Paul McCartney live at BC Place
Paul McCartney opened for himself last night at BC Place. Leading up to the Macca experience, fans got a selection the Macca experience. It was sort of weird.
But what do you do when you are Sir Paul McCartney?
Playing a selection of your catalogue while a montage of classic photos scrolls by works as well as any opening act, and the crowd won’t care if they hear any of these songs twice anyway. Such is the man’s musical legacy that he could come on stage and croak his classics and the fans would freak.
At 77, he certainly never croaks.
But his voice is taxed quite often, taking on tunes such as the opener A Hard Day’s Night and many others. For every near note perfect Ob-La-Di-Ob-La-Da, there were plenty of rough patches. What do you do?
One of the genuine problems of being a huge fan of artists such as Little Richard and the like when you are penning tunes in your teens is singing them six decades later. McCartney has wisely put a crew of backing musicians behind him who can play their asses off as well as harmonize all over the place.
He has also done some really great rearrangements of tunes such as the Wings hit Letting Go, the first time it would benefit from a brass section trio of trumpets, sax and trombone. When the horns players appeared off stage at the entrance to aisle 214, it was the one bit of arena show in what was otherwise a straight ahead band-on-the-clock performance.
Not that they were dialing it in, just that the music did the talking on the stripped-down stage with its simple light show and three screens. Save for Live and Let Die with its pyro, laser and fireworks overkill, that is.
OK, drummer Abe Laboriel Jr. was an absolute joy to hear and watch, and guitarist Rusty Anderson could be the rock ‘n’ roll brother of Ty Burell’s Phil Dunphy in Modern Family.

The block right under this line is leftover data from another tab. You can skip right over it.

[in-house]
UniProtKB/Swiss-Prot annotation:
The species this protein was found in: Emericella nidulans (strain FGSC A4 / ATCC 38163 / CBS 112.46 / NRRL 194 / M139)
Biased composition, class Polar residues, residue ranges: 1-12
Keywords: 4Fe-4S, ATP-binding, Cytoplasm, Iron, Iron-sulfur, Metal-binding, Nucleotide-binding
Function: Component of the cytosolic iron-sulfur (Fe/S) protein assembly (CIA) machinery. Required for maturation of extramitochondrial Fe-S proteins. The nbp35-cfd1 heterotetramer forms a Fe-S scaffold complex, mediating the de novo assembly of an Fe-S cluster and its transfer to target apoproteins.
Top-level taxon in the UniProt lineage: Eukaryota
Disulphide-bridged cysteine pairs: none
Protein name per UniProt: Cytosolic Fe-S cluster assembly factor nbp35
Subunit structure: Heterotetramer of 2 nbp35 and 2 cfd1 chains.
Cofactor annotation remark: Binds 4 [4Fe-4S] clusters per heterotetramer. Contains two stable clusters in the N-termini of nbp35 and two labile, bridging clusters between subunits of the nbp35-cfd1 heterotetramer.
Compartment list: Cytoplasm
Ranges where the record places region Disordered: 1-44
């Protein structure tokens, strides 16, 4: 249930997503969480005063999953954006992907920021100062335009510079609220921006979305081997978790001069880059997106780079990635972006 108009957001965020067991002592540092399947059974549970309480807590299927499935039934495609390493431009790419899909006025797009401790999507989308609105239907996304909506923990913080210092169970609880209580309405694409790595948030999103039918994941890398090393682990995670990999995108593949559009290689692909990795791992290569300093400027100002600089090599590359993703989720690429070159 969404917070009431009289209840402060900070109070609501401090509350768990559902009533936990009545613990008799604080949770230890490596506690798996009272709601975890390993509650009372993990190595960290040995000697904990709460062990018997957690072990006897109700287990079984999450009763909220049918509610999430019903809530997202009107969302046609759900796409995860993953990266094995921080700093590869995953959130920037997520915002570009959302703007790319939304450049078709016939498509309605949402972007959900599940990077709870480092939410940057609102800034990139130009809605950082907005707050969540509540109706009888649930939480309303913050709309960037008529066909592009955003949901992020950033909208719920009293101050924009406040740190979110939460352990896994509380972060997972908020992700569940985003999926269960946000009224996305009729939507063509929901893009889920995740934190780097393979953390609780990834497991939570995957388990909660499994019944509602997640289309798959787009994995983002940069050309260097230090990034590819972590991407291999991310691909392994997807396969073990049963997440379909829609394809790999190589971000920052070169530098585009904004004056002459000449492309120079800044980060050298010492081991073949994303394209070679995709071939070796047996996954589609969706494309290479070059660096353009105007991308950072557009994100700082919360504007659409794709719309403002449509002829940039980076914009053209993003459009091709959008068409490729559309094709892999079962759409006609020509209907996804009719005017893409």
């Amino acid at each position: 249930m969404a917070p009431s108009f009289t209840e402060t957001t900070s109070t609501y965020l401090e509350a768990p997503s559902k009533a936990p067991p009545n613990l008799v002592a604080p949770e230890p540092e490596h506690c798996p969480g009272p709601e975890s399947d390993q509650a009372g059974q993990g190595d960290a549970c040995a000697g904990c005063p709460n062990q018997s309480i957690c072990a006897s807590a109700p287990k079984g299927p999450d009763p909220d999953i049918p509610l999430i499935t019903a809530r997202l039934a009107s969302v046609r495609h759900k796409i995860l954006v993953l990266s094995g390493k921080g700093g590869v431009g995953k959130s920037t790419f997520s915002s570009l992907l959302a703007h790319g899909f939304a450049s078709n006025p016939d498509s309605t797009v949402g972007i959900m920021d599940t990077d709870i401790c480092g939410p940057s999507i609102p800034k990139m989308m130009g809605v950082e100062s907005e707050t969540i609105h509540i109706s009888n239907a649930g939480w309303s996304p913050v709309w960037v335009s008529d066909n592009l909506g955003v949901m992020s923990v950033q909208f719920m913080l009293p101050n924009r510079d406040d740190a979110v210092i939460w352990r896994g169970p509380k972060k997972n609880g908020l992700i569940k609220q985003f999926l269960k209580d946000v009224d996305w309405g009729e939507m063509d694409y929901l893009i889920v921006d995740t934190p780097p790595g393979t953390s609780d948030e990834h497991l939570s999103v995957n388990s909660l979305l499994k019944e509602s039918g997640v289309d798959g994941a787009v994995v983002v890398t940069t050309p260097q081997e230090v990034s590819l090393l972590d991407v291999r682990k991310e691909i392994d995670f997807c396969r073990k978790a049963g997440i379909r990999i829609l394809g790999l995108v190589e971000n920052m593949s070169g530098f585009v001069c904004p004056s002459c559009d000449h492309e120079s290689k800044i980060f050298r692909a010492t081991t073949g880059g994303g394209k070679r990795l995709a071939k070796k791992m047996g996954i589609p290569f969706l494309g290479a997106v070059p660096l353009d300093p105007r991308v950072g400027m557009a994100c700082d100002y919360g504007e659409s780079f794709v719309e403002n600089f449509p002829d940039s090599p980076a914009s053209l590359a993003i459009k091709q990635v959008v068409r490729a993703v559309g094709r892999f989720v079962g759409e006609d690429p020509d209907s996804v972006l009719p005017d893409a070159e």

“We’ve got some old songs, some new songs, and some in between songs,” said Sir Paul. “And this one is definitely an old one”
All My Lovin’ came out in July 1963. The anti-bullying Who Cares came out on last year’s well-received Egypt Station. The set was peppered with — obviously — plenty of Beatles songs but also gave flight to McCartney’s Wings era and these proved some of the evening’s peaks.
Strapping on his Les Paul, McCartney ripped out the killer hook on Let Me Roll It, ending with a few bars of Jimi Hendrix’s Foxy Lady at the end to jam around in honour of the late guitarist.
This was followed with a story about Hendrix asking Eric Clapton to come tune his guitar during a performance in which he opened with a version of Sgt. Pepper’s Lonely Hearts Club Band, which had only been released two days prior.
Yes, McCartney could just be telling stories and maybe playing acoustic versions of songs and it would be a blast. In fact, some of the best performances of the evening were the strumming ones: I’ve Just Seen A Face and Blackbird were particularly powerful. Apparently singer Emma Stevens — whose version of the song in the MicMac language went viral — was in the audience and got a shout-out.
So did Sir Paul’s wife, Nancy McCartney, when he introduced My Valentine. This song that he wrote for his wife featured Johnny Depp and Natalie Portman onscreen signing the song’s lyrics. A nice touch for a song that is, frankly, pretty forgettable. Particularly when up against the song he wrote to his late wife Linda McCartney.
Maybe I’m Amazed is definitely a post-Beatles highlight and a monster to sing. McCartney did himself proud on this challenging piece. He also commented on how the band knows which songs get people to bring out their phones, and which ones are “black holes:” “But we are going to play the news ones anyway.”
The Egypt Station tune that succeeded was Fuh Yu, with its almost Coldplay-like chorus: it’s the rare case of the master chasing the kids. Whatever keeps him happy and playing works for fans.
Of his contemporaries — and let’s be honest, McCartney is on his way to being the last man standing — there is no one else who can regale arenas with tales of George Harrison’s prowess on the ukulele before launching into Something or still have Let It Be, Hey Jude, Band on the Run, Hester Skelter and more to come at the two-hour mark in the concert.
The man’s back catalogue is ridiculous.